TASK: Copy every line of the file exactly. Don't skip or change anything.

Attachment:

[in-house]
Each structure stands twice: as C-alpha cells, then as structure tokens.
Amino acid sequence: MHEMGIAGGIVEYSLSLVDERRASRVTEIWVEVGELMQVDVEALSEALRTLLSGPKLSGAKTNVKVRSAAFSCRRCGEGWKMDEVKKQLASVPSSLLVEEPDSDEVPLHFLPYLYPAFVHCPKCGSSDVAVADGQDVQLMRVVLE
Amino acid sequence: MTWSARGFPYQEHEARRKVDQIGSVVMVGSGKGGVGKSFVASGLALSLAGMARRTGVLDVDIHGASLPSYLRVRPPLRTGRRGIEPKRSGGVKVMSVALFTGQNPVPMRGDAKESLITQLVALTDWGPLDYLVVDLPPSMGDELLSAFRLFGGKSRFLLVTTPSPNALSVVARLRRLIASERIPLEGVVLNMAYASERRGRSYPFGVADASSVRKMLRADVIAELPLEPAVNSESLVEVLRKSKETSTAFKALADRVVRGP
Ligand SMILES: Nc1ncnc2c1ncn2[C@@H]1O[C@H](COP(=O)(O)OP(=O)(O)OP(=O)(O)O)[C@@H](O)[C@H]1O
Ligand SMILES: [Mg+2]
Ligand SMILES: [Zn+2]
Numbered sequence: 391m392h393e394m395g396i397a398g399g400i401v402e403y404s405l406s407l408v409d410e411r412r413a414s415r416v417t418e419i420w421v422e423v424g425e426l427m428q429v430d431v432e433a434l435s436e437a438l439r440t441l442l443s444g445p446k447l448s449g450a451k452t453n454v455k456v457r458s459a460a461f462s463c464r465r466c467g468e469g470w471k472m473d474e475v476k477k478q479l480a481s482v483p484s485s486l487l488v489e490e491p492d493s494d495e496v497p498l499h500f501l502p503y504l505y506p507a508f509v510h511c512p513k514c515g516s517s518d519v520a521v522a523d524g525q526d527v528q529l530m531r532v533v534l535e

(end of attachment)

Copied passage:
[in-house]
Each structure stands twice: as C-alpha cells, then as structure tokens.
Amino acid sequence: MHEMGIAGGIVEYSLSLVDERRASRVTEIWVEVGELMQVDVEALSEALRTLLSGPKLSGAKTNVKVRSAAFSCRRCGEGWKMDEVKKQLASVPSSLLVEEPDSDEVPLHFLPYLYPAFVHCPKCGSSDVAVADGQDVQLMRVVLE
Amino acid sequence: MTWSARGFPYQEHEARRKVDQIGSVVMVGSGKGGVGKSFVASGLALSLAGMARRTGVLDVDIHGASLPSYLRVRPPLRTGRRGIEPKRSGGVKVMSVALFTGQNPVPMRGDAKESLITQLVALTDWGPLDYLVVDLPPSMGDELLSAFRLFGGKSRFLLVTTPSPNALSVVARLRRLIASERIPLEGVVLNMAYASERRGRSYPFGVADASSVRKMLRADVIAELPLEPAVNSESLVEVLRKSKETSTAFKALADRVVRGP
Ligand SMILES: Nc1ncnc2c1ncn2[C@@H]1O[C@H](COP(=O)(O)OP(=O)(O)OP(=O)(O)O)[C@@H](O)[C@H]1O
Ligand SMILES: [Mg+2]
Ligand SMILES: [Zn+2]
Numbered sequence: 391m392h393e394m395g396i397a398g399g400i401v402e403y404s405l406s407l408v409d410e411r412r413a414s415r416v417t418e419i420w421v422e423v424g425e426l427m428q429v430d431v432e433a434l435s436e437a438l439r440t441l442l443s444g445p446k447l448s449g450a451k452t453n454v455k456v457r458s459a460a461f462s463c464r465r466c467g468e469g470w471k472m473d474e475v476k477k478q479l480a481s482v483p484s485s486l487l488v489e490e491p492d493s494d495e496v497p498l499h500f501l502p503y504l505y506p507a508f509v510h511c512p513k514c515g516s517s518d519v520a521v522a523d524g525q526d527v528q529l530m531r532v533v534l535e